AWS infrastructure grew in response to startup success stories, such as Netflix and Airbnb, while Oracle has spent decades managing enterprise infrastructure. AWS' approach has made it easy for companies, especially startups, to quickly create new applications with its ecosystem of services. The downside is that this approach also makes it easier to leave glaring security holes, such as exposing sensitive data on unsecured S3 buckets. AWS has done a good job of implementing a robust identity and access management service.
In contrast, Oracle's approach to security arose from decades of building enterprise data management infrastructure, which had a strong governance and security need from the beginning. Oracle has created an architecture that makes it easy to separate application controls from data.
Oracle's approach considered the various ways that IT organizations leave security holes open, with more safeguards to prevent accidental data compromise. Development teams will have to decide for themselves whether these additional safeguards also slow the pace of app development lifecycles.
Hybrid and edge capabilities
In addition to public cloud services, AWS, Oracle and other major vendors are creating products to enable edge computing and hybrid cloud architectures.
AWS builds most of its edge services to fit only its own ecosystem, while Oracle prefers to acquire smaller services that users can integrate into their development lifecycles.
Edge services refer to services that sit between the cloud and users, or even IoT products, like AWS IoT Greengrass. The former turn a collection of VMs into a robust web application framework. These include ancillary services like content distribution networks, firewalls, web proxies, monitoring and domain name system (DNS) services. AWS has branded various offerings, such as Amazon CloudFront for content distribution services, CloudWatch for monitoring and Route 53 for DNS services.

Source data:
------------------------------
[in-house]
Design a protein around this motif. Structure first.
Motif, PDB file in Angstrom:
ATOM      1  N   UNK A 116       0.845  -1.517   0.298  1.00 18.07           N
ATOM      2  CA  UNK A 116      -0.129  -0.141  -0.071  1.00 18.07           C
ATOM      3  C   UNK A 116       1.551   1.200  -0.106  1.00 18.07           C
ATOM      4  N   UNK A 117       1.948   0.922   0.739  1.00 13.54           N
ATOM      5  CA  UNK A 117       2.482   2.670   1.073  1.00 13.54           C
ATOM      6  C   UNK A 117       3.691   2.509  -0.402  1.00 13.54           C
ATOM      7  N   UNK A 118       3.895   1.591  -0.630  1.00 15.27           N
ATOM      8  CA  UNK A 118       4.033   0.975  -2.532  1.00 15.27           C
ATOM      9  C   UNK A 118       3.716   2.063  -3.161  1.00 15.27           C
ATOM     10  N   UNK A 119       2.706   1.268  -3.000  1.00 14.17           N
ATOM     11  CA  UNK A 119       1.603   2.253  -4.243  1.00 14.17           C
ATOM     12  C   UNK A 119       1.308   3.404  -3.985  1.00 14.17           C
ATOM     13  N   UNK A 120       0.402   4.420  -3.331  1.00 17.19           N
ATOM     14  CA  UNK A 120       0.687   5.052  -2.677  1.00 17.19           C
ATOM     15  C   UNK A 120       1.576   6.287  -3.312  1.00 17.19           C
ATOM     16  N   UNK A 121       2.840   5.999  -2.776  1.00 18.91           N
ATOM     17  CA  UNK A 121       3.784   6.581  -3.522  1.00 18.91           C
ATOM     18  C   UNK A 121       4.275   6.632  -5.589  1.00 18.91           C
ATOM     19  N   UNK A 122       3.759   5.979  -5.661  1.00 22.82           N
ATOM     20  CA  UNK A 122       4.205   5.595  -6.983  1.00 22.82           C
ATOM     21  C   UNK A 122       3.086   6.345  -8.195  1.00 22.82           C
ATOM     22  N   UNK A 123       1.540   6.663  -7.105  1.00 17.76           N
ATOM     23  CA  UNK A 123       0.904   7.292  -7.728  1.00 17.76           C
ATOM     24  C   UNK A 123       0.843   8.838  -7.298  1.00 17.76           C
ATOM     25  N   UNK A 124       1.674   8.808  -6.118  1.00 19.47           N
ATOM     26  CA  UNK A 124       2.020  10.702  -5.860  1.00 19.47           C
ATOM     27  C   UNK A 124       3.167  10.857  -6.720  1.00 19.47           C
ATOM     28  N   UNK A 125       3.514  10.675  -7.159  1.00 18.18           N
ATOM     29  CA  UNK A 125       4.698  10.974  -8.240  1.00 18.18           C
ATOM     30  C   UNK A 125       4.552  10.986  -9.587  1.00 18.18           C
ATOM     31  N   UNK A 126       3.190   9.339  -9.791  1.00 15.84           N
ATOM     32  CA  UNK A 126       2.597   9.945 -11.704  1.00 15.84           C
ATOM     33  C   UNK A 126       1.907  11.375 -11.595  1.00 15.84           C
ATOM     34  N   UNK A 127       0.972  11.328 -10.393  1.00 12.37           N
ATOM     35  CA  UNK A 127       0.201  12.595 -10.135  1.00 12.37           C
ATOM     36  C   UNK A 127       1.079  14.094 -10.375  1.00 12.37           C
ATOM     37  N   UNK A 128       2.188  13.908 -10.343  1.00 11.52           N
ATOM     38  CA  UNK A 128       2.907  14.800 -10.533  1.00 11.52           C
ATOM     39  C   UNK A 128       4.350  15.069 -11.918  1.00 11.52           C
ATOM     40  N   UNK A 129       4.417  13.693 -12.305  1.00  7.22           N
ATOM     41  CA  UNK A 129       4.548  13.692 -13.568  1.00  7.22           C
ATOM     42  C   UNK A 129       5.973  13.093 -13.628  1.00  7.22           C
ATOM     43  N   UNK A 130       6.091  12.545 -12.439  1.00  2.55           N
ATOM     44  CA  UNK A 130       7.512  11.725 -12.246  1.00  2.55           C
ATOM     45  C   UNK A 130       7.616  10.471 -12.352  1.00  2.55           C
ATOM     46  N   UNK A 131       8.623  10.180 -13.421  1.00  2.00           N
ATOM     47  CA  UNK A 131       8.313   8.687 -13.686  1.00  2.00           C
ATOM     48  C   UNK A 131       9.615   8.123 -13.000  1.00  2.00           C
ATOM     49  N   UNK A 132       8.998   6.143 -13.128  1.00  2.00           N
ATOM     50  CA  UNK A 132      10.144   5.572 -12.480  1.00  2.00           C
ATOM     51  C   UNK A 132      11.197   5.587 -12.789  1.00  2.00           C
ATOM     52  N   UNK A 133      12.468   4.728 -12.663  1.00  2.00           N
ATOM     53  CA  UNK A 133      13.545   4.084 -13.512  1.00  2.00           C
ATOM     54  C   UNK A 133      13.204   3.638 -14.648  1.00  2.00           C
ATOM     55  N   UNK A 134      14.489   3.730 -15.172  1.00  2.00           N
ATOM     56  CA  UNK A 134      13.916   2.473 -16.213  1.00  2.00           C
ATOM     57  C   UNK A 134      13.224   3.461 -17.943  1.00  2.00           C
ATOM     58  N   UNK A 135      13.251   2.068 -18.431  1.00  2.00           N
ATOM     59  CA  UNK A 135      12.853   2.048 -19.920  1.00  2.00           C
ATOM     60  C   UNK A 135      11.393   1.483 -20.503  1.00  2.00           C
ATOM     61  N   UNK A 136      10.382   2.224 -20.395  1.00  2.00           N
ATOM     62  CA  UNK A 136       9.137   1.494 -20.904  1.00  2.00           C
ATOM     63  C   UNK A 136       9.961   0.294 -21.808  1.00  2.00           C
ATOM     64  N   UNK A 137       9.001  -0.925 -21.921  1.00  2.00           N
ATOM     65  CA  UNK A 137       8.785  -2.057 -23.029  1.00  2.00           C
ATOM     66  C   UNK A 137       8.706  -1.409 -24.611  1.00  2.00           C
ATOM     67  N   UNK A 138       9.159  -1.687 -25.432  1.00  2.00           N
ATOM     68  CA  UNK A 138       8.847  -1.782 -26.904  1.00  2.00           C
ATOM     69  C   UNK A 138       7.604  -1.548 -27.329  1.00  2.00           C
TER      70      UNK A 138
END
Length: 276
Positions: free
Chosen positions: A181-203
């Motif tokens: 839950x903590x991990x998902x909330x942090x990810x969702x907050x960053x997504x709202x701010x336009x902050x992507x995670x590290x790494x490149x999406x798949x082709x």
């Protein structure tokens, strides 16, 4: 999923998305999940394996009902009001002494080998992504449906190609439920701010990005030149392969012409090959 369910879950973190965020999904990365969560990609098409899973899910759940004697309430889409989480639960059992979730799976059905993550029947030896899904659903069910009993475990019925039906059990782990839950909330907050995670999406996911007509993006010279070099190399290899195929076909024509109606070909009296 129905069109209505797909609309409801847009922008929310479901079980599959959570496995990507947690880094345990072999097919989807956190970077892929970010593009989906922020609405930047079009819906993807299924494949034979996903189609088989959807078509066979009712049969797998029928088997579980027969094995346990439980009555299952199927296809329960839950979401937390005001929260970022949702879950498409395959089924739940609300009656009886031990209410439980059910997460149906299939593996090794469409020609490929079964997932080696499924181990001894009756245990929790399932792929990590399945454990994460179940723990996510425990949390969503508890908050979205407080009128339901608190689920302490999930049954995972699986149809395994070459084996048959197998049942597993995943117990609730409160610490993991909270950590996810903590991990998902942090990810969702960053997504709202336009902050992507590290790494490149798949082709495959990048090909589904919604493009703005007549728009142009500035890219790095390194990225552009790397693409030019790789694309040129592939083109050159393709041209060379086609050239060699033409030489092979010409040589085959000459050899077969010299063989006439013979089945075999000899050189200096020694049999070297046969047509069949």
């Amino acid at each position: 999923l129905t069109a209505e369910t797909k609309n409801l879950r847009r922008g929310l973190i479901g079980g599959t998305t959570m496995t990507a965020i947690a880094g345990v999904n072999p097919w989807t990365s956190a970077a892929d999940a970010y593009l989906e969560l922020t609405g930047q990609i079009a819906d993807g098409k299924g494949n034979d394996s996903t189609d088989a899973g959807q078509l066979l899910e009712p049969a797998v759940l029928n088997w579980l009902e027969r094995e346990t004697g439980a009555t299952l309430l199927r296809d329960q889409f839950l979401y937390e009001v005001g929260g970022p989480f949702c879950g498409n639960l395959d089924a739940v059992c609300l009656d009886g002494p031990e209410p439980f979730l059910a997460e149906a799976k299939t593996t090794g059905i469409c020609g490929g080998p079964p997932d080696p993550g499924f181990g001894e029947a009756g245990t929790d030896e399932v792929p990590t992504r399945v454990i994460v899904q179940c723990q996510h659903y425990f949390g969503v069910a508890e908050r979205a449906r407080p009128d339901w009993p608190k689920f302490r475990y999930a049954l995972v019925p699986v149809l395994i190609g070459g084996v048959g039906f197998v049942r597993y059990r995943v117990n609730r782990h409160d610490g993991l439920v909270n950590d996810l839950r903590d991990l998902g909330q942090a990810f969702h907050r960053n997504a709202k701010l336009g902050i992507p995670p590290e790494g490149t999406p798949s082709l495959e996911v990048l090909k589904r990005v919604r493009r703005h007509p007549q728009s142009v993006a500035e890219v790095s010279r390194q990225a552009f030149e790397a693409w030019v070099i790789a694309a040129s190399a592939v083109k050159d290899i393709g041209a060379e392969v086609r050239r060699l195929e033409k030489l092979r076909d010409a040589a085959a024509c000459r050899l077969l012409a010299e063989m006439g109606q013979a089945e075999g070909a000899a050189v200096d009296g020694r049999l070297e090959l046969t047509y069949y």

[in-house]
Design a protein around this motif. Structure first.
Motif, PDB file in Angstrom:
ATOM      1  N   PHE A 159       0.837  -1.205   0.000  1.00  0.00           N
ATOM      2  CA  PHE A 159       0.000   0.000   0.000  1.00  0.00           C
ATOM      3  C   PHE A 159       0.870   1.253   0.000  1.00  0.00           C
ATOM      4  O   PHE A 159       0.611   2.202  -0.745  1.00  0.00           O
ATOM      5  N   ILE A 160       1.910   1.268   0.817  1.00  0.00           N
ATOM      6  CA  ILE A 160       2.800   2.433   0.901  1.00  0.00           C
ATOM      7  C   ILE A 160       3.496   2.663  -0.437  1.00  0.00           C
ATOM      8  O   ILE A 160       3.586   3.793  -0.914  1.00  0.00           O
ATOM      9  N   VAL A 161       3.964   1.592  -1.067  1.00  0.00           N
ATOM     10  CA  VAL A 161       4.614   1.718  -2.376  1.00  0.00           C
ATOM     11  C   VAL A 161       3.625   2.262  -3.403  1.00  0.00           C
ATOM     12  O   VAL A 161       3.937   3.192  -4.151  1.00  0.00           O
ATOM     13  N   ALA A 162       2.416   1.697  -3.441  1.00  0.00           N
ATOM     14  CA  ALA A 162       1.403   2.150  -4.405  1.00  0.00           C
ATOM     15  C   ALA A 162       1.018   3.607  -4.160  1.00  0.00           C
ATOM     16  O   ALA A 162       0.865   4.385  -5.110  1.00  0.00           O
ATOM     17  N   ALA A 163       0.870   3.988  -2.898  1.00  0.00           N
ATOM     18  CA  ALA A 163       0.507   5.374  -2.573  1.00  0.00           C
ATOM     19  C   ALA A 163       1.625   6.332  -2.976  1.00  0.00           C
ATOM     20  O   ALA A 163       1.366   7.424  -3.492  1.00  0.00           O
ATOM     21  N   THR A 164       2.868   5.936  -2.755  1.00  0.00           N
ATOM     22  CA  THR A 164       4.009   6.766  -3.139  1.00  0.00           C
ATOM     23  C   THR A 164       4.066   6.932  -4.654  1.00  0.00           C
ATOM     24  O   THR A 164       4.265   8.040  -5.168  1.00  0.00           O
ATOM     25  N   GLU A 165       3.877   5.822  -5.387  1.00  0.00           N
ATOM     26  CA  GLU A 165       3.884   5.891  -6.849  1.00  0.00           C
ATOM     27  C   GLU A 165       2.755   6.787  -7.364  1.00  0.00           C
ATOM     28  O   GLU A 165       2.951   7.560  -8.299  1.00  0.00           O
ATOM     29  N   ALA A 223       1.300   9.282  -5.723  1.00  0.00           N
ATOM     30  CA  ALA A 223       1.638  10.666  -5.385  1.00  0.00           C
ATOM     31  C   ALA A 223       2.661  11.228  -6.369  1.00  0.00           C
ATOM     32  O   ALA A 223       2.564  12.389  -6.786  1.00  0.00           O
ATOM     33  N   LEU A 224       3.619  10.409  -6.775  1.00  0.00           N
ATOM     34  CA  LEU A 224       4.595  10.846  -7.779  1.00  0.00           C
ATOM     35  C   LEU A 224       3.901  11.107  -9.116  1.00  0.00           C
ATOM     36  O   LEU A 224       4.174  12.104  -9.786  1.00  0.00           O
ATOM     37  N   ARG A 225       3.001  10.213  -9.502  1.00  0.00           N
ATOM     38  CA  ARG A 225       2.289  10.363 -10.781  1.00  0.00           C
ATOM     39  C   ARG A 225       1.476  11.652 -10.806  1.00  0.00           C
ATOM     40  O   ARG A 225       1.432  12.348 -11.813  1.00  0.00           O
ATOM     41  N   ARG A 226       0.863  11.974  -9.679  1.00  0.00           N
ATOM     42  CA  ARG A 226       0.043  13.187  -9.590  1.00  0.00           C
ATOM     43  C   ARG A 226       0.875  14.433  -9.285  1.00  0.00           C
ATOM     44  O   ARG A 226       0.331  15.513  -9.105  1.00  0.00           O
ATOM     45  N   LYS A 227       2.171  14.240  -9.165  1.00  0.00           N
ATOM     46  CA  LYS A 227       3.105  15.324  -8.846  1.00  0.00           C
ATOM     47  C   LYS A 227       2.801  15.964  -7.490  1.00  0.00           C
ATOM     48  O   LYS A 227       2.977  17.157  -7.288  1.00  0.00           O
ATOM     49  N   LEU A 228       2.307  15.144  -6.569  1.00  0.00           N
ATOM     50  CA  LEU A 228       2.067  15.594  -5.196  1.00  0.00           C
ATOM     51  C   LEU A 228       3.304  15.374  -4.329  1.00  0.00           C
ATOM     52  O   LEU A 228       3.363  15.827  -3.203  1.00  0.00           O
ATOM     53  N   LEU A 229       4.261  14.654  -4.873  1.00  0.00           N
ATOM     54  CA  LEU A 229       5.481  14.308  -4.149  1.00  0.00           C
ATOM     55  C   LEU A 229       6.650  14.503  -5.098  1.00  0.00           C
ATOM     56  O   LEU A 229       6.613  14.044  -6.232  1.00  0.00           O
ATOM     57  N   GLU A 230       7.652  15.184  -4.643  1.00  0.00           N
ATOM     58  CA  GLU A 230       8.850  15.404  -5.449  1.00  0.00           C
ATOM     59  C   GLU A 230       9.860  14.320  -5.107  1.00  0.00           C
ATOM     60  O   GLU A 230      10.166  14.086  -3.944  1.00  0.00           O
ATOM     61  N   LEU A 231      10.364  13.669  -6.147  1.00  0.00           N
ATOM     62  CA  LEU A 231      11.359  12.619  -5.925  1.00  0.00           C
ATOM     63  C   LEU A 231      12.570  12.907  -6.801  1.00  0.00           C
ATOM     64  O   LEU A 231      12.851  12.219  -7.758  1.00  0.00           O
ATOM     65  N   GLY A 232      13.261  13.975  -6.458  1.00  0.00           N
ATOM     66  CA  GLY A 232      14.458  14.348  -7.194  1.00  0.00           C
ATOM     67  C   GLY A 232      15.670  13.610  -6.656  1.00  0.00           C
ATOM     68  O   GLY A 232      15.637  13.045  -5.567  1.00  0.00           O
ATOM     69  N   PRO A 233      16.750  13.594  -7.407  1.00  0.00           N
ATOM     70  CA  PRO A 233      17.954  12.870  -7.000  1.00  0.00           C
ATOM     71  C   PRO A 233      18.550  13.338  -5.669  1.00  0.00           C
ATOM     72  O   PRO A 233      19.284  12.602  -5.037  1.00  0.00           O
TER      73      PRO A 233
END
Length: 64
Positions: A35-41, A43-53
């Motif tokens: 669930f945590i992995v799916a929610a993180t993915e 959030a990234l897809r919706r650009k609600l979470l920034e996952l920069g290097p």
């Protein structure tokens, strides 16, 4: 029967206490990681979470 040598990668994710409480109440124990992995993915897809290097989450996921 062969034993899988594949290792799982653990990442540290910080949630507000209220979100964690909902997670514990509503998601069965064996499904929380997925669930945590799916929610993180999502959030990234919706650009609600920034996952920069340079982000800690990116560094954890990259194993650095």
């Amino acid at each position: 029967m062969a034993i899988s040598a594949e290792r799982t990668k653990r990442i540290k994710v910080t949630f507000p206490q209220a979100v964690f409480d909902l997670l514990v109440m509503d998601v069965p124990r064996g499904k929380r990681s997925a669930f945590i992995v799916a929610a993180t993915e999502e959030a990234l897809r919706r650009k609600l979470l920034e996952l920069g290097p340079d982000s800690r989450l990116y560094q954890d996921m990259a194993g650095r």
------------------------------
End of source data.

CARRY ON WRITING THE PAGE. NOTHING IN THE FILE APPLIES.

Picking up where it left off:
Most of these Amazon services were built to support the AWS ecosystem. This strategy could encourage developers to use the AWS tools and services they are familiar with when working on edge projects.
In contrast, to improve its core offerings, Oracle has been acquiring various companies, such as Dyn, a managed DNS service, and Zenedge, a hybrid security startup now called Oracle Dyn Web Application Security. Developers will have to evaluate how easy it is to work with these services.
AWS has generally made it difficult for enterprises to create truly hybrid infrastructure. This scenario has led to the growth of several third-party hybrid cloud add-ons. Also, as noted above, Amazon S3 charges a substantial egress tax to transfer data out of the cloud. AWS has made some moves to simplify hybrid cloud provisioning, such as its partnership with VMware and launch of AWS Outposts that extends AWS infrastructure on premises.
As most of Oracle's existing business is on premises, the company pursues a strategy that enables users to migrate workloads into the cloud with security and governance baked in. As such, it offers better pricing to move data out of the cloud and has better integration options for enterprises' existing portfolio of Oracle applications.
In the AWS vs. Oracle cloud debate, a high-level evaluation of the specifications and costs of various infrastructure services suggests that Oracle has a lead in price-to-performance for many services. Oracle also aligns well with enterprise needs when it comes to security and hybrid applications. In the long run, the Oracle cloud will prove a viable option for enterprises with a large installed base of Oracle applications. Meanwhile, developers will have to decide for themselves the extent to which Oracle's development ecosystem represents a good alternative to AWS.